Initially, the intention for ACLs was for data filtering, not route filtering. Therefore, ACLs cannot be used directly for filtering specific networks in the routing updates and must be referenced by distribute lists. 

When applied, the ACLs are also evaluated sequentially for each IP prefix included in the routing table, and it is not that rare to experience difficulties matching subnet masks in some unique use cases.

Last but not least, extended ACLs can be difficult to configure sometimes and extremely complex and unmanageable when they consist of hundreds or even thousands of entries.

In contrast to ACLs, the prefix lists are intended purely for route filtering. Because of that, they provide better overall performance than the ACLs when filtering routes, and their user-friendly approach allows you to configure them easily. 

However, the key feature of prefix lists is their reliance on the filtering method that is used. It allows matching routes based not only on a strict combination of IP address and subnet mask but on parts of address space with a subnet mask that can be longer or shorter than a defined number. 

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How to Configure Prefix Lists

Prefix lists are similar to ACLs in several ways. Just like the ACLs, prefix lists can consist of one or more entries the router interprets in the specified order. Although the configured entry is always added as last in the list of entries in the prefix list because of the highest sequence number assigned by default, you can always explicitly insert an entry between existing ones by manually defining a sequence number. 

The “ip prefix-list” command allows you to configure prefix list entries and define the permit or deny actions for matching specific networks in the routing updates. When there is a match, the defined action is applied, otherwise, the packet is denied because of the implicit deny rule.

Because the matching uses prefixes, the router compares the defined number of bits in the prefix with the same number of bits in the network included in the routing update.

When there is a match, it checks the number of bits defined in the subnet mask that should also match the length defined for the prefix. The route is considered a match when the prefix and the length match.

A simple example of a prefix list would look like this:

  • ip prefix-list EXAMPLE permit

The prefix list name is “EXAMPLE”, where the prefix is, and the length is 16. This prefix list permits 10.0.X.X routes but denies everything else, such as networks like,, etc.

Besides exact matching, you can also filter within a range by using the following arguments:

  • ge – greater than or equal to the value
  • le - less than or equal to the value
  • eq – the exact value of the length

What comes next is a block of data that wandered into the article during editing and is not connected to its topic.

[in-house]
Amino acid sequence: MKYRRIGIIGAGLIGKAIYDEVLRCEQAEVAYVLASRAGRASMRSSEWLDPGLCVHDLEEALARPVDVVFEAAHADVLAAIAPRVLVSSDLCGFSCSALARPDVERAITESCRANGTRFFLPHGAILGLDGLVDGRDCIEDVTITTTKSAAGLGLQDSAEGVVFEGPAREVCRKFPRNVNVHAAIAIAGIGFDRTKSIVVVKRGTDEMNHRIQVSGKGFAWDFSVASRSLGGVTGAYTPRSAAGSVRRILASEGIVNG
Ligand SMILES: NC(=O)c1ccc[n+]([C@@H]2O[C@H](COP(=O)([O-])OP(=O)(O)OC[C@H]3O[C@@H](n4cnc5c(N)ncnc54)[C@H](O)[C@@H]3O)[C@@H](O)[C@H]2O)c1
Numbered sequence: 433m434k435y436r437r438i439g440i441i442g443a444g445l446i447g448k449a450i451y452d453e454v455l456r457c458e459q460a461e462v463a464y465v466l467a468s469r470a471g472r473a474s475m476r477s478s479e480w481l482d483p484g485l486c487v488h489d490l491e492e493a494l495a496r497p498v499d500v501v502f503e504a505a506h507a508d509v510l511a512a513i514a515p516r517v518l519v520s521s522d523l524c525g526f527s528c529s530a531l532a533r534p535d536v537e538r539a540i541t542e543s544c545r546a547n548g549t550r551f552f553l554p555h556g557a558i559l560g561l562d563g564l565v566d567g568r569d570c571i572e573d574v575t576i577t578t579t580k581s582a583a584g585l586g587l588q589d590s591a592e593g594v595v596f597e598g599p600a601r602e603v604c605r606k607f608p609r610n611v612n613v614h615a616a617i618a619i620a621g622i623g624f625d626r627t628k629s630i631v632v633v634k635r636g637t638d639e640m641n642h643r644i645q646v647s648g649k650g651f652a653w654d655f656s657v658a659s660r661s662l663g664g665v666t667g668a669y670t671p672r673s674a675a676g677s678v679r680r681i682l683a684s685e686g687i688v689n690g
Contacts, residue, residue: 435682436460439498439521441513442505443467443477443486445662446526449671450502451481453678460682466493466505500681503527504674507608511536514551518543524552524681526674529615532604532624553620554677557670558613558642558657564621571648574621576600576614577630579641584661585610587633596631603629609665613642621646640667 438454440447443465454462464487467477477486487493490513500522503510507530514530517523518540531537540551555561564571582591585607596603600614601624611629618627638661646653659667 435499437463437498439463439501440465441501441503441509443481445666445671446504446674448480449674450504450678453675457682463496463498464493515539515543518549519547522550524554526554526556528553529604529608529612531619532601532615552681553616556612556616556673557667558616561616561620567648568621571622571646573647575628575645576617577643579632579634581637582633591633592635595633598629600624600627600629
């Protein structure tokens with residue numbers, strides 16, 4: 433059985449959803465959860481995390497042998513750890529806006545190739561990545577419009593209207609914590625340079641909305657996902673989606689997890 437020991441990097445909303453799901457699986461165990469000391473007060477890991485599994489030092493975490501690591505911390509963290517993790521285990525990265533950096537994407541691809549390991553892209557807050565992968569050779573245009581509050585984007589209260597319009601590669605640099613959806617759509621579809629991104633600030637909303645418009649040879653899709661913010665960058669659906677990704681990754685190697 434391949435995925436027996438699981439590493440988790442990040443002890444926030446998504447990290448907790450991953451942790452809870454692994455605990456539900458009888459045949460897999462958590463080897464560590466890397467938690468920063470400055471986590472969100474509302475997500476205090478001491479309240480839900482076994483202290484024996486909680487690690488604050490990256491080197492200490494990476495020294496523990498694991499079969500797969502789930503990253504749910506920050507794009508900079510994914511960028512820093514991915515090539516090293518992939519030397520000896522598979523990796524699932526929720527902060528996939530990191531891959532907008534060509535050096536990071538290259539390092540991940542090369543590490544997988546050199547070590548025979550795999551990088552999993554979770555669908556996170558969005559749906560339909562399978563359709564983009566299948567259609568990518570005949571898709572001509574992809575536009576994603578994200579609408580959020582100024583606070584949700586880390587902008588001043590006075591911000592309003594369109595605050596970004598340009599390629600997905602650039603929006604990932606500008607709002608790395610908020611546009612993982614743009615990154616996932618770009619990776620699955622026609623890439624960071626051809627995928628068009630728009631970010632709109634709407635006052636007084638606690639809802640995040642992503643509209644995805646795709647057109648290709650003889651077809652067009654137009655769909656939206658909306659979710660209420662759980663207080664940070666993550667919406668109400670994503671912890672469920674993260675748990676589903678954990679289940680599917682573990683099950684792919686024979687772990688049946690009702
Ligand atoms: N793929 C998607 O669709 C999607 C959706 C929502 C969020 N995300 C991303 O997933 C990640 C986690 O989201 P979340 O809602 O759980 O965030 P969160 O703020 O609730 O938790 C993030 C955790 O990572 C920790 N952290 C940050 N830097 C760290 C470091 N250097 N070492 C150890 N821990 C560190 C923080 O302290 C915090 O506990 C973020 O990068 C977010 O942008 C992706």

These arguments provide a more flexible configuration approach that you can gain using only the network/length combination.  

A simple example of a prefix list with “ge” and “le” arguments would look like this:

  • ip prefix-list EXAMPLE permit le 22
  • ip prefix-list EXAMPLE permit ge 18

In this example, the network is matched, because the prefix and the prefix length belong within the specified address range and the prefix length values in the prefix list entries. On the other hand, network is not matched, because the prefix length (24) is higher than the maximum allowed (22) in the first entry. 

The biggest benefit of using prefix lists is their flexibility in very complex networks, where advanced and tricky requirements can be more easily implemented compared to ACLs' standard and manual methods.

A prefix list configured on router R2 filters out the network in the outbound updates toward R3

As you can see in the image above, we are supposed to achieve the same filtering results as before, but now by using a prefix list instead of a distribute list. The commands that you need to configure on R2 look like the following:

ommands that you need to configure on R2

The prefix list named “DENY_10.0.0.0_NETWORK” permits exactly the network and denies everything else including the subnets, because of the implicit deny statement. 

Same as the ACL in the previous example, the prefix list must be applied under the EIGRP process through the distribute list command.

Optimization Is Not an Option, but a Necessity

A network without any routing optimization can sometimes make a network engineer’s life very difficult. As much as the routing protocols help the communications within the network, they can be very harsh on the router CPU resources when not properly handled.

Therefore, by using distribute lists and prefix lists in combination with ACLs, you can control and tune the exchanges of routing updates and improve network performance. 

Doing so can lead to more efficiency and a well-run network — something crucial in business today.